Finally, who was A.W. French and what was his relationship to Edward?  What is this card referring to?

If you missed the other parts of Edward’s story, here are links to them:
Military Monday – Little Eddy the Drummer
Military Monday- Edward Dwyer in the Civil War, continued
Tuesday’s Tip — Forming a Research Plan for Little Eddy
or his family’s stories:
Mystery Monday – Jeremiah Dwyer, county Tipperary to Saint Louis, Missouri
Mystery Monday – Anna Rooney, county Clare to Saint Louis, Missouri
Workday Wednesday – Jeremiah was a Drayman


Tuesday’s Tip — Forming a Research Plan for Little Eddy

The last two Mondays I have written about Edward Dwyer in the Civil War, Little Eddy the Drummer and Military Monday- Edward Dwyer in the Civil War, continued.  Yesterday I looked at Edward’s Missouri service, using the Civil War cards which I had downloaded from when I had a subscription.  I didn’t do anything with the information then, but now I’m trying to use my time without subscriptions (this journey of Genealogy in the Recession) to further my research in other ways and to write my family history.  Last Friday, I highlighted some of the things that I learned in Marian Pierre-Louis’ webinar “”Plan Your Way to Research Success.”  Today, I’m going to begin work on creating a Research Plan for Edward Dwyer — feel free to add your comments or e-mail me at with any suggestions.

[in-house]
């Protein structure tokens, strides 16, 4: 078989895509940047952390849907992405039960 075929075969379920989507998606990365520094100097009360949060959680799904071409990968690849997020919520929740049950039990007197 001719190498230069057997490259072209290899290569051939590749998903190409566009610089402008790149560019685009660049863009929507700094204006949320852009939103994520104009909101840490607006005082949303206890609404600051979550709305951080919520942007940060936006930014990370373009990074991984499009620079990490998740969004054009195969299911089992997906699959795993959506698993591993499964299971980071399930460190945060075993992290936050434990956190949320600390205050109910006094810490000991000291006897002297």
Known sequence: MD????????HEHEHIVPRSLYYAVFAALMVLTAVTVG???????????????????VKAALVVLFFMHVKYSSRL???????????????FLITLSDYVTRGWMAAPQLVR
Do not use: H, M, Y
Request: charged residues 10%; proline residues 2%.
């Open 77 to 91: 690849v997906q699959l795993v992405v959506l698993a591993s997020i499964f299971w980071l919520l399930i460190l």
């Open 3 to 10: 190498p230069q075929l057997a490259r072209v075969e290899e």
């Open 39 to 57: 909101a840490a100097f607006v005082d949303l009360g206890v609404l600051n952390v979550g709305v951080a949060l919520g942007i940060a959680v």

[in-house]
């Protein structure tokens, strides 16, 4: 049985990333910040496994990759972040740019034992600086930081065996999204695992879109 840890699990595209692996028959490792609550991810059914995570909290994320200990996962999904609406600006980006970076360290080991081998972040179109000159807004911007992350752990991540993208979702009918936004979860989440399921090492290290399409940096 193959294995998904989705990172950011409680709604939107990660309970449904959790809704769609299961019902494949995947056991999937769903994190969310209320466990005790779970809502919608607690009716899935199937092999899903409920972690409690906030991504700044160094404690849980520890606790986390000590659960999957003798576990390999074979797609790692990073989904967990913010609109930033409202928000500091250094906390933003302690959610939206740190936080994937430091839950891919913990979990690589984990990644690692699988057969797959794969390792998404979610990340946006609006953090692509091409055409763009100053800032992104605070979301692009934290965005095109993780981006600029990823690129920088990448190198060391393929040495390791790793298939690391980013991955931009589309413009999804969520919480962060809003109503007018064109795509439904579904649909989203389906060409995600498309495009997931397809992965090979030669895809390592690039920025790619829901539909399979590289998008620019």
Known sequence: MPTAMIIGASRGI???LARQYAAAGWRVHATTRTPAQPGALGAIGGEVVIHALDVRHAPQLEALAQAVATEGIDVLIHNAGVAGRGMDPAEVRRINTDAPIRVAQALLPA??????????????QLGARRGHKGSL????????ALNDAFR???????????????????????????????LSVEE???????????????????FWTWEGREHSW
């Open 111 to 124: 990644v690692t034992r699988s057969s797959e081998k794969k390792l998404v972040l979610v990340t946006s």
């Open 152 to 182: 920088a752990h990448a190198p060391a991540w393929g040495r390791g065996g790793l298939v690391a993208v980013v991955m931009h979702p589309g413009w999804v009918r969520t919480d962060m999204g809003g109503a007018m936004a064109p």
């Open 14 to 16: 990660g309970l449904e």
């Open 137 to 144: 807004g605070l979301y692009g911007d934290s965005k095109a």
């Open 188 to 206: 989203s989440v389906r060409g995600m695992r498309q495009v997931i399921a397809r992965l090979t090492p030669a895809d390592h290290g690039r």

The first thing about a Research Plan is to focus on one person — Little Eddy — keep the focus narrow — find out about his military service — and write down what I know:

Edward Dwyer, born 22 May 1847, in Saint Louis, Missouri 1

In 1860 Jeremiah Dwyer and his family were living in St Louis Ward 7, St Louis (Independent City), Missouri.  The household included Jerry, 40, drayman, $3000, $400; Ann, 34; Edward, 12; Mary, 9; Laura, 2.  Edward and Mary attended school within the year. 2

8th Kansas Volunteer Infantry Regiment, Company K
mustered in as a private 02 Jun 1862 [age 15]
promoted to musician
discharged 04 Jun 1863, Nashville [age 16]
Patrick Callahan, also resident of St. Louis, same dates 3

7th Regiment Missouri Infantry, Company F
enlisted 29 May 1864, St Louis, musician [age 17]
enrolled for a period of 3 years
bounty due $100, credited 8 ward St Louis